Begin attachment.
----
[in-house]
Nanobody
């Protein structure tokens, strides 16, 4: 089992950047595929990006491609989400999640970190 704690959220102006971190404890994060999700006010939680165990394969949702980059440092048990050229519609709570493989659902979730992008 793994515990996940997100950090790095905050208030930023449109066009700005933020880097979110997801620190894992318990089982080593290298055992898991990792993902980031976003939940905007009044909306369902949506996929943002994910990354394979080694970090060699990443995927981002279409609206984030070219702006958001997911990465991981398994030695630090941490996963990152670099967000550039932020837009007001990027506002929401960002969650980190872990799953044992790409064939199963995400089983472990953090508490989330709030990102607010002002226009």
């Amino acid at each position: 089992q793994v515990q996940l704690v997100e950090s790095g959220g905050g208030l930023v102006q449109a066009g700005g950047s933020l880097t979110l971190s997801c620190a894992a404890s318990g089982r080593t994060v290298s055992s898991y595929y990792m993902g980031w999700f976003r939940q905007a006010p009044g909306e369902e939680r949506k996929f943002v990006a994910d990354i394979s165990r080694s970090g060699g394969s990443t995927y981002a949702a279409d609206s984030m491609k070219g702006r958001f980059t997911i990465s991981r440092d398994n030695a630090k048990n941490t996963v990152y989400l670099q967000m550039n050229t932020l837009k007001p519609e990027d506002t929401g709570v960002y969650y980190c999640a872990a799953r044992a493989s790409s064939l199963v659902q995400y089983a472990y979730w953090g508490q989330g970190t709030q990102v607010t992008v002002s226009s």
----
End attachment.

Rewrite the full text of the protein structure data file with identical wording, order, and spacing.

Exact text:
[in-house]
Nanobody
């Protein structure tokens, strides 16, 4: 089992950047595929990006491609989400999640970190 704690959220102006971190404890994060999700006010939680165990394969949702980059440092048990050229519609709570493989659902979730992008 793994515990996940997100950090790095905050208030930023449109066009700005933020880097979110997801620190894992318990089982080593290298055992898991990792993902980031976003939940905007009044909306369902949506996929943002994910990354394979080694970090060699990443995927981002279409609206984030070219702006958001997911990465991981398994030695630090941490996963990152670099967000550039932020837009007001990027506002929401960002969650980190872990799953044992790409064939199963995400089983472990953090508490989330709030990102607010002002226009």
């Amino acid at each position: 089992q793994v515990q996940l704690v997100e950090s790095g959220g905050g208030l930023v102006q449109a066009g700005g950047s933020l880097t979110l971190s997801c620190a894992a404890s318990g089982r080593t994060v290298s055992s898991y595929y990792m993902g980031w999700f976003r939940q905007a006010p009044g909306e369902e939680r949506k996929f943002v990006a994910d990354i394979s165990r080694s970090g060699g394969s990443t995927y981002a949702a279409d609206s984030m491609k070219g702006r958001f980059t997911i990465s991981r440092d398994n030695a630090k048990n941490t996963v990152y989400l670099q967000m550039n050229t932020l837009k007001p519609e990027d506002t929401g709570v960002y969650y980190c999640a872990a799953r044992a493989s790409s064939l199963v659902q995400y089983a472990y979730w953090g508490q989330g970190t709030q990102v607010t992008v002002s226009s």